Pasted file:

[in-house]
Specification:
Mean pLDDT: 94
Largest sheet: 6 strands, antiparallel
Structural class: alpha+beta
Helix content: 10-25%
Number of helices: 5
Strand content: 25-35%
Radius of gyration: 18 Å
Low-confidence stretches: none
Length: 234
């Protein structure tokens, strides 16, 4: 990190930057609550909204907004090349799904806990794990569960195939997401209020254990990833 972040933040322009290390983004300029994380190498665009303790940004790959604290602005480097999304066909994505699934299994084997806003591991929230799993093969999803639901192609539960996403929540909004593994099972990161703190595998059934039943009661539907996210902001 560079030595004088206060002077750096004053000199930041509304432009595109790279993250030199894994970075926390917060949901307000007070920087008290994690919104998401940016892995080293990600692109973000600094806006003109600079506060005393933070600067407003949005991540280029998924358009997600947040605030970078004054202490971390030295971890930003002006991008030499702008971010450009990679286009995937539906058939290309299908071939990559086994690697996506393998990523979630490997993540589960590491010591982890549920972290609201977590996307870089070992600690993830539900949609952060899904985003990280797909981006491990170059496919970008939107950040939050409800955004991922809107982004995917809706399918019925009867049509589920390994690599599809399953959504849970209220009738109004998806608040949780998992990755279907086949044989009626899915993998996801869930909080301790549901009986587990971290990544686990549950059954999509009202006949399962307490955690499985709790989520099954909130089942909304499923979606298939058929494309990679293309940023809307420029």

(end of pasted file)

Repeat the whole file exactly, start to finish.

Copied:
[in-house]
Specification:
Mean pLDDT: 94
Largest sheet: 6 strands, antiparallel
Structural class: alpha+beta
Helix content: 10-25%
Number of helices: 5
Strand content: 25-35%
Radius of gyration: 18 Å
Low-confidence stretches: none
Length: 234
């Protein structure tokens, strides 16, 4: 990190930057609550909204907004090349799904806990794990569960195939997401209020254990990833 972040933040322009290390983004300029994380190498665009303790940004790959604290602005480097999304066909994505699934299994084997806003591991929230799993093969999803639901192609539960996403929540909004593994099972990161703190595998059934039943009661539907996210902001 560079030595004088206060002077750096004053000199930041509304432009595109790279993250030199894994970075926390917060949901307000007070920087008290994690919104998401940016892995080293990600692109973000600094806006003109600079506060005393933070600067407003949005991540280029998924358009997600947040605030970078004054202490971390030295971890930003002006991008030499702008971010450009990679286009995937539906058939290309299908071939990559086994690697996506393998990523979630490997993540589960590491010591982890549920972290609201977590996307870089070992600690993830539900949609952060899904985003990280797909981006491990170059496919970008939107950040939050409800955004991922809107982004995917809706399918019925009867049509589920390994690599599809399953959504849970209220009738109004998806608040949780998992990755279907086949044989009626899915993998996801869930909080301790549901009986587990971290990544686990549950059954999509009202006949399962307490955690499985709790989520099954909130089942909304499923979606298939058929494309990679293309940023809307420029």